Getting paid in the Middle East: Is it ever going to get any better?

  • Julie Ahadi

There are some things in life that are inevitable: a thunderstorm during the summer on the one day you forget to take an umbrella; your child being ill the night before that really important client meeting. Something far more inevitable than any of that, even, is the challenge consultants face when trying to secure timely and full—or even partial—payment from clients in the Middle East.

Consultants new to this hinterland of unreliable payment etiquette can find it shocking at first—similar to becoming a new parent, there’s often no amount of warning that can prepare you for what you are in for when doing business in the Middle East. Even consultants with years of experience working in the region and dealing with this problem as a matter of course tell us it’s something that continues to exasperate them.

The reasons behind this situation are many—some cultural and some practical—but, in summary, relationships are still key to doing business in this part of the world, and without good ones, money owed to you will most likely stay that way for an unbearably long time. Even good relationships won’t guarantee smooth transactions—and in any case, it’s in every consulting firm’s best interest to ensure there’s enough money in the bank to tide you over for the worst-case scenario—but they’ll certainly help. Secondly, payment methods and processes have been slow to mature in this region in comparison to other parts of the world, so it’s simply taken longer to initiate, track, and complete transactions. But after all this time (we’ve been covering this issue within our GCC Market Trends report since 2012), what we really want to know is whether the situation is getting—or is likely to ever get—any better? Or, should we accept that this will be the situation forever more, move on, and as one Emirati consultant advised us, “change the record”?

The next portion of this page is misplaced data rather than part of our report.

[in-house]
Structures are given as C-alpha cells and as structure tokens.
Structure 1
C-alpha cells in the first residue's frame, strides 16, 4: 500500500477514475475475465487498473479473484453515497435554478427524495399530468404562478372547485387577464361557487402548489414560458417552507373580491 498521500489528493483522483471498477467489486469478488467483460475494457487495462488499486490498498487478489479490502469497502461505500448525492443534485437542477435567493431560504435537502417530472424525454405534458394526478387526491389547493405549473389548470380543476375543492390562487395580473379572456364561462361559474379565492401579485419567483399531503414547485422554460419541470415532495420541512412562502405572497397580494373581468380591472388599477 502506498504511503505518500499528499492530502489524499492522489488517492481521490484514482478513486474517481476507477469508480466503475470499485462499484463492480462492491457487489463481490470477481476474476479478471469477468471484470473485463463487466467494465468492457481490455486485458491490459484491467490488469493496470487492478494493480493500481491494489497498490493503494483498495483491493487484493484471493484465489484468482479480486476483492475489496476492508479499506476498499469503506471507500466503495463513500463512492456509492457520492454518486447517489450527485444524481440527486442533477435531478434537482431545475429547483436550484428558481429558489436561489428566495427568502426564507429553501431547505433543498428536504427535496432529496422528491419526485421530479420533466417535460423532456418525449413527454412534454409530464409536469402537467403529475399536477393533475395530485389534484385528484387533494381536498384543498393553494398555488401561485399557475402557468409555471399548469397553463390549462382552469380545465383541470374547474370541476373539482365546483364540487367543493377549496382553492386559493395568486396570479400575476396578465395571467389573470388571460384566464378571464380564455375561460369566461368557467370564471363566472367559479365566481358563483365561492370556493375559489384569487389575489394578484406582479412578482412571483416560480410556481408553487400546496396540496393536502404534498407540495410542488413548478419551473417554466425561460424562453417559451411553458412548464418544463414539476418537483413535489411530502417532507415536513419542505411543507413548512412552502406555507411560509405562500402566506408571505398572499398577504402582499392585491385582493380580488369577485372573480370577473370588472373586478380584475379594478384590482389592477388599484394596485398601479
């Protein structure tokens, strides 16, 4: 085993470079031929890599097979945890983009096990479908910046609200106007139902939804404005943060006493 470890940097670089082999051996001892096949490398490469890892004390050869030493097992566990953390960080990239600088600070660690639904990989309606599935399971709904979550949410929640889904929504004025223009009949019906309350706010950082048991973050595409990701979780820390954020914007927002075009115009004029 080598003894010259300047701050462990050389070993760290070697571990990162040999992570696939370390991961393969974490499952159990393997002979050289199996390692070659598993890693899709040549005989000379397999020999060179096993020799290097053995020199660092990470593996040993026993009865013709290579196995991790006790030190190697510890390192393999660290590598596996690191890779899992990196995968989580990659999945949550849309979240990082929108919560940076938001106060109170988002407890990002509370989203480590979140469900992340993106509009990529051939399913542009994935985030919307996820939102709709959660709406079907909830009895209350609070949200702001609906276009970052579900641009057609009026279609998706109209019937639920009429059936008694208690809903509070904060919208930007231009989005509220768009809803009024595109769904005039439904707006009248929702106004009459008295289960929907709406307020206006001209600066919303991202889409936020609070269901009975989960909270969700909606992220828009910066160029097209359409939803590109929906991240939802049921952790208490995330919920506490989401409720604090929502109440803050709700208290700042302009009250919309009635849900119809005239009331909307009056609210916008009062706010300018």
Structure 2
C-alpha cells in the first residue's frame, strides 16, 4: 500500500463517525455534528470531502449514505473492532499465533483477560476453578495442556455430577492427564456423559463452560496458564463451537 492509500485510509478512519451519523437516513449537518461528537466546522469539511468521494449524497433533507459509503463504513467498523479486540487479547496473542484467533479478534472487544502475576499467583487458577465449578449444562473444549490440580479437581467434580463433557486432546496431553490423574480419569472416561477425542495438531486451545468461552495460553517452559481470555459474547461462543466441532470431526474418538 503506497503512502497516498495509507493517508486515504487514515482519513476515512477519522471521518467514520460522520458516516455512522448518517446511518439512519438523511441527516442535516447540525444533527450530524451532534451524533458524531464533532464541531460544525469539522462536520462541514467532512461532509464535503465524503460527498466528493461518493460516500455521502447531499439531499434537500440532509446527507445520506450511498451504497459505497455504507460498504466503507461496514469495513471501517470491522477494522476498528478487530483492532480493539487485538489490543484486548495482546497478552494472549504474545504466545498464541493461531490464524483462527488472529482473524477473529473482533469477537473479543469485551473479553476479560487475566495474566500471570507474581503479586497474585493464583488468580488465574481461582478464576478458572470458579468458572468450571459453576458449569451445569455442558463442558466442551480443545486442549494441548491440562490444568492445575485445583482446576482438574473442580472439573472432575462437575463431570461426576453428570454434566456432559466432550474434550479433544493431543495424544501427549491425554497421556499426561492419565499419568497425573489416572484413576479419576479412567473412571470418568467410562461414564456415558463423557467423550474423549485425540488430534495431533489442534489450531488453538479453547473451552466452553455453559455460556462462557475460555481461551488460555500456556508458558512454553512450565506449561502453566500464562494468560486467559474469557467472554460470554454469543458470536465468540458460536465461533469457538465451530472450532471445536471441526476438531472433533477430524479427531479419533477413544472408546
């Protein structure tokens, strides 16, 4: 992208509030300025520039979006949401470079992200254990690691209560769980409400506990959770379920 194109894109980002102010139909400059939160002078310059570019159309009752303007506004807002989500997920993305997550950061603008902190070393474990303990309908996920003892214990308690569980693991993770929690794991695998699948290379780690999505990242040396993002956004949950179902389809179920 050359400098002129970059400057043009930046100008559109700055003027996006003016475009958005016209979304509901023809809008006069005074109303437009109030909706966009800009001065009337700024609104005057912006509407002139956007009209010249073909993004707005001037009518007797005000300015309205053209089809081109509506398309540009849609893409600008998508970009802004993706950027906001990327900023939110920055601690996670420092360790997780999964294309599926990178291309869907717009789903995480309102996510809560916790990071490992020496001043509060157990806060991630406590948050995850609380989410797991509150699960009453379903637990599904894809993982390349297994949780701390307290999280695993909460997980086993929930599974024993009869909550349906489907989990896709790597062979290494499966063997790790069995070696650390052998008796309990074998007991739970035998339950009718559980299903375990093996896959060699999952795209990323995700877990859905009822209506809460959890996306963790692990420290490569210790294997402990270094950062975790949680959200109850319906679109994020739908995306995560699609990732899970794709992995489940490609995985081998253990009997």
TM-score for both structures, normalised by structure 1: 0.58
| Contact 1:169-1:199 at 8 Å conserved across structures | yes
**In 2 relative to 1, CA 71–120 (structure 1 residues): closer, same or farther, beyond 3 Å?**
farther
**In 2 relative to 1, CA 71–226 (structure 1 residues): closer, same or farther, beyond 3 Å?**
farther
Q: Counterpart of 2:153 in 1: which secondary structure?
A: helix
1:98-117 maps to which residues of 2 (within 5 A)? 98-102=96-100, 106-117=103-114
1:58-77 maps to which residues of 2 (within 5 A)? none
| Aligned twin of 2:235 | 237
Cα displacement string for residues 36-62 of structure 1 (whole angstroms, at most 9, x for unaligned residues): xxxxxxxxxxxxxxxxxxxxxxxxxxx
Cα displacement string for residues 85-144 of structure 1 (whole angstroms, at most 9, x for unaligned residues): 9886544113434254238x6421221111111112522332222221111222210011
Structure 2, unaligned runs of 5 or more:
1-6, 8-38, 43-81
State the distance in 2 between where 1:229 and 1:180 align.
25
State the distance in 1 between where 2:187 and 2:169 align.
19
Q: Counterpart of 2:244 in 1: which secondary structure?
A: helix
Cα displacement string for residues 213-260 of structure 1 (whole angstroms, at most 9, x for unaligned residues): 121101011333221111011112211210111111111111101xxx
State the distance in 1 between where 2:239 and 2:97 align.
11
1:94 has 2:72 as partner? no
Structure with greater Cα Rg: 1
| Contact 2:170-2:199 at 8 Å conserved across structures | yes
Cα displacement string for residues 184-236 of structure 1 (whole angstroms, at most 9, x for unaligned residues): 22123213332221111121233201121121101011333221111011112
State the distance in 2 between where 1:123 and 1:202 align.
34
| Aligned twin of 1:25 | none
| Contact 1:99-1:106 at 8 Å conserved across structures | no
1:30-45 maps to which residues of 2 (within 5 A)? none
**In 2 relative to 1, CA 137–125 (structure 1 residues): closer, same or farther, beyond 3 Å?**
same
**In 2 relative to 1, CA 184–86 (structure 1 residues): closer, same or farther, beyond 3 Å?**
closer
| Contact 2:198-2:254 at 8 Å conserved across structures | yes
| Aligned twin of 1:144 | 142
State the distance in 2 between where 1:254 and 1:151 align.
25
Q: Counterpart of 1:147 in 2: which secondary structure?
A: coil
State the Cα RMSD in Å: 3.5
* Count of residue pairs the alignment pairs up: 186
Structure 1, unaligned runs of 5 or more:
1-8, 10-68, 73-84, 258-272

It’s an interesting question. While many of the consultants we talked to this year are still pulling their hair out over a perceived void in rules of engagement—especially in Saudi Arabia—we have spotted some reasons to be optimistic. Without comparing the GCC to what may happen elsewhere in the world, there have been some fundamental changes taking place: Cash may not necessarily be flowing much faster, but there is at least more clarity about processes and the status of invoices. These initiatives are also being encouraged from the top down, with reports that the Saudi government, for example, are now putting in place better systems for approvals and payments. And if they’re trying, then anything’s possible.

Increasing client maturity is also starting to help, and as clients’ appreciation of the value being delivered by consultants grows, the hope is that non-payment will become less of an issue. But let’s not fool ourselves: This is still a problem that continues to present one of the biggest challenges to consulting firms working in the region, adversely affecting planning, resourcing, communications, and sometimes even solvency. It seems inevitable, therefore, that the thorny issue of getting paid in the Middle East is going to be a staple feature within our annual GCC Market Trends report for a while yet.

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